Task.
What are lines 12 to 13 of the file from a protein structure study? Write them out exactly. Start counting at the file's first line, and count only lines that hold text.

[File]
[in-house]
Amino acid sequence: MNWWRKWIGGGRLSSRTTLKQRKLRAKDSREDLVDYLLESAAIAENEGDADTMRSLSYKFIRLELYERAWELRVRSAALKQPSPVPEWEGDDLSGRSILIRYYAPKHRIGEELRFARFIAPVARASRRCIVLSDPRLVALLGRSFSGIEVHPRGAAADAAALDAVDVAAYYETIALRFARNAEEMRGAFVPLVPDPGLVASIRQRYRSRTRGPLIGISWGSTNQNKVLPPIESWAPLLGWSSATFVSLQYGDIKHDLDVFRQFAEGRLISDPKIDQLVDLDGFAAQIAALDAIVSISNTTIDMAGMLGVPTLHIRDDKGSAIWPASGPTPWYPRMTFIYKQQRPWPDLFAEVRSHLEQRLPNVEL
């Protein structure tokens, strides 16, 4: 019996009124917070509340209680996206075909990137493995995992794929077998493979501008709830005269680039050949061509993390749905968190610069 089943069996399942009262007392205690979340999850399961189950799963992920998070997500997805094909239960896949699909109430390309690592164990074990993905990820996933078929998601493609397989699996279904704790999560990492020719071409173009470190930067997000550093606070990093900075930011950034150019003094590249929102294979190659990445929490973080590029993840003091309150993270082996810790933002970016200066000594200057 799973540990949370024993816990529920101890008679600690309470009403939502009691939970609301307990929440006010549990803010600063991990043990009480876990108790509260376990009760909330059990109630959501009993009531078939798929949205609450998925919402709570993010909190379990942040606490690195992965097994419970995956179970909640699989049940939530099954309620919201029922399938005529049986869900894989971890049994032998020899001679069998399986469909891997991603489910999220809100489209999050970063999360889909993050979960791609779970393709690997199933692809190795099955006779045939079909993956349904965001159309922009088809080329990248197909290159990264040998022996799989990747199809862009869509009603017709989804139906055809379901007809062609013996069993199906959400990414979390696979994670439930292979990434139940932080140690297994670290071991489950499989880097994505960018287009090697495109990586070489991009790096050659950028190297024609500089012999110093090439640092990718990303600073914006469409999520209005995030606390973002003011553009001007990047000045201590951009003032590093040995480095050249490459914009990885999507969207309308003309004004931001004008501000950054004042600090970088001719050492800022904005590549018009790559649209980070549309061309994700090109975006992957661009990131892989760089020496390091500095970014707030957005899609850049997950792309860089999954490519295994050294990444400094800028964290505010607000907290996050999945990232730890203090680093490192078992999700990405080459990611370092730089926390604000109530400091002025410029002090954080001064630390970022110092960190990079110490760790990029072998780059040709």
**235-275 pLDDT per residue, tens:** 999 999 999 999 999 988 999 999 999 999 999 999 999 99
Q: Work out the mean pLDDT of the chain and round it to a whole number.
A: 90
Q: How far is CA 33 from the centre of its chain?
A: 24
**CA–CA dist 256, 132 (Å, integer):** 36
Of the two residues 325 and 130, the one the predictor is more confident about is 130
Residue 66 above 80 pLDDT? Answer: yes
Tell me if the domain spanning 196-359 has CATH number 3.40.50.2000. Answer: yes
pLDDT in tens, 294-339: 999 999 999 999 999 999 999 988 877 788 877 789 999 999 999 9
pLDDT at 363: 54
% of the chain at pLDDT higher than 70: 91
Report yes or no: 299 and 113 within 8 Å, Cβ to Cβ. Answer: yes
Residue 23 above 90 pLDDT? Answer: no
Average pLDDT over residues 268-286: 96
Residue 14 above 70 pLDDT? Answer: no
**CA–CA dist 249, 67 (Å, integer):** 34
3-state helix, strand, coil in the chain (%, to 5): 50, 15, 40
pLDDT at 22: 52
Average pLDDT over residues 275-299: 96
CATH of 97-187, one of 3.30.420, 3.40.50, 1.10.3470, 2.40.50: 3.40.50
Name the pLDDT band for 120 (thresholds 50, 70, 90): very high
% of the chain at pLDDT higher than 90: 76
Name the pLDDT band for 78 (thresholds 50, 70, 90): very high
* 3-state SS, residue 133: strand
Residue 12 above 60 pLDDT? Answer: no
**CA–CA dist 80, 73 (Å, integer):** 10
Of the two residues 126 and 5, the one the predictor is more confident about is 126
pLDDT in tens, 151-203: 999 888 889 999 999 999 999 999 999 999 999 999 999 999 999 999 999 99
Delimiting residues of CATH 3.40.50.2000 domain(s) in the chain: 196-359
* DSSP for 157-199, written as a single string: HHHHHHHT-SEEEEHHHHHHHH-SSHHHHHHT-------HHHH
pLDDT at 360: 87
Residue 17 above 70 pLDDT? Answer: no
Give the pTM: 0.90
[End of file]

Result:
Tell me if the domain spanning 196-359 has CATH number 3.40.50.2000. Answer: yes
pLDDT in tens, 294-339: 999 999 999 999 999 999 999 988 877 788 877 789 999 999 999 9